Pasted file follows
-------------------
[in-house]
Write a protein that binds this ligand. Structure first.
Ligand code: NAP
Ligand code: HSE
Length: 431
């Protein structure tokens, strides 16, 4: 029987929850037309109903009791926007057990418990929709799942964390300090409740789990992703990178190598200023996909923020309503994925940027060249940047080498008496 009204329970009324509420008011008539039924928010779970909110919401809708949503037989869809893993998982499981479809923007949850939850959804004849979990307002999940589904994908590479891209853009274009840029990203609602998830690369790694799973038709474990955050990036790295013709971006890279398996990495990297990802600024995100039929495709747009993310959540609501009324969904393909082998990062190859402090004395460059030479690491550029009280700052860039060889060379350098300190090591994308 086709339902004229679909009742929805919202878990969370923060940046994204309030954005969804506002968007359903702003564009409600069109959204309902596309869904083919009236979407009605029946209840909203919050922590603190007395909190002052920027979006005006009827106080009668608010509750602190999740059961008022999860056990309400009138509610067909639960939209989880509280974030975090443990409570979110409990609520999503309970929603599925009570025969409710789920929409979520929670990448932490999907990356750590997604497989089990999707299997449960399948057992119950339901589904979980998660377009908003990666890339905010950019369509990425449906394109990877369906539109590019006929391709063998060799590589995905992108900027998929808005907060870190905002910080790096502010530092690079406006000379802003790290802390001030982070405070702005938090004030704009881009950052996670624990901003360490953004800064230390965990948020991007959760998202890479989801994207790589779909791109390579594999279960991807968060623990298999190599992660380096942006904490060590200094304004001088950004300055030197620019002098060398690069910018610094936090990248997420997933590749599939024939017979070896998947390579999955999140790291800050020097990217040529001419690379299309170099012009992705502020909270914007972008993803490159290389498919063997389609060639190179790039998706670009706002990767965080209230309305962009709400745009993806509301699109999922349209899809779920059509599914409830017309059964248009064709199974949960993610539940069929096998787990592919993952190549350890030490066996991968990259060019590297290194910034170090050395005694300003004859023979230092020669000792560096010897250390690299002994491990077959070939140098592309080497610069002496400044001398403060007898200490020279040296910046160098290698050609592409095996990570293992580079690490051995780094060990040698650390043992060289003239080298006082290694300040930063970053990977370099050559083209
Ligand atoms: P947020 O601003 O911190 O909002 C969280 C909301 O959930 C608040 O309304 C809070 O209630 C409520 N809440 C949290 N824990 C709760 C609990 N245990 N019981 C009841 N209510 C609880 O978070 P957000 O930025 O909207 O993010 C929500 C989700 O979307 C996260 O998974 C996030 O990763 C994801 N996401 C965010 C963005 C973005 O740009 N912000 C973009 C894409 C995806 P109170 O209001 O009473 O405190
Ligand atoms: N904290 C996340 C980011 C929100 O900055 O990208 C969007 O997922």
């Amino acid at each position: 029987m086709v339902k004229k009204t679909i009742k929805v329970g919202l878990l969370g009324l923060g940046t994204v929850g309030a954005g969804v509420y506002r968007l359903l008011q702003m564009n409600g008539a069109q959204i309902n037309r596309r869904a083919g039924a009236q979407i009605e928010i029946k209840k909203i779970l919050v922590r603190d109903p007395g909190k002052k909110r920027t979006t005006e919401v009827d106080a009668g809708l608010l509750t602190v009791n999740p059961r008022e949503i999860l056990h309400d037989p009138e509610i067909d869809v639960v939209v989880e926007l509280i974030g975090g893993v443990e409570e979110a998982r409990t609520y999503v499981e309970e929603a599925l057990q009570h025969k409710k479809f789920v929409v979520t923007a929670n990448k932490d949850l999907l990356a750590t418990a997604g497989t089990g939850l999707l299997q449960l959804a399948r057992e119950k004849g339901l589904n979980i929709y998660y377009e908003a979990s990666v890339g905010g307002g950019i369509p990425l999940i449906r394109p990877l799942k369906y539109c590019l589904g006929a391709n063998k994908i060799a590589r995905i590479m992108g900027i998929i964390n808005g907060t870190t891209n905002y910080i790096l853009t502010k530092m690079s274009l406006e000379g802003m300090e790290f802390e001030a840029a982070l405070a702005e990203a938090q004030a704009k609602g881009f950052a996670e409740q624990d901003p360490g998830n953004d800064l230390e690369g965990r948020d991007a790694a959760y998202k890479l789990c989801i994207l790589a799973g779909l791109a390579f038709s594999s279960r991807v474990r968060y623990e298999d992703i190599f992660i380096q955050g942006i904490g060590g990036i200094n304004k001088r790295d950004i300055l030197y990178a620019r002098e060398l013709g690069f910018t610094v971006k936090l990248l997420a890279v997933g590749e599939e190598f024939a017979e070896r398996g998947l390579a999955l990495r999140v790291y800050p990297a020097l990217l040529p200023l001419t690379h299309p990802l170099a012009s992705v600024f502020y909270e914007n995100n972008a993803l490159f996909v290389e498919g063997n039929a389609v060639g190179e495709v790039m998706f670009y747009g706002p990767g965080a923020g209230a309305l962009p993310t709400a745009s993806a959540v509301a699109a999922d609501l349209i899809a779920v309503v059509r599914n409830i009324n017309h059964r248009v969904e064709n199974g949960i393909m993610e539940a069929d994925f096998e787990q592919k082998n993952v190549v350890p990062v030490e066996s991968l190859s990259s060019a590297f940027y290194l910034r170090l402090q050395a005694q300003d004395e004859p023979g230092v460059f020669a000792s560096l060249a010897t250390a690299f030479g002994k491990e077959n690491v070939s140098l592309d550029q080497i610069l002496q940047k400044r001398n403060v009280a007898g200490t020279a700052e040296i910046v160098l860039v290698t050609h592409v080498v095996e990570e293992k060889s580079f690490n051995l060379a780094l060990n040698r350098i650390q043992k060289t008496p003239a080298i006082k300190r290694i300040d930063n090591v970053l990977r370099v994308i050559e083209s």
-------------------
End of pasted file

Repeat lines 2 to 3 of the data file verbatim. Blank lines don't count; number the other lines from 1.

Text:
Write a protein that binds this ligand. Structure first.
Ligand code: NAP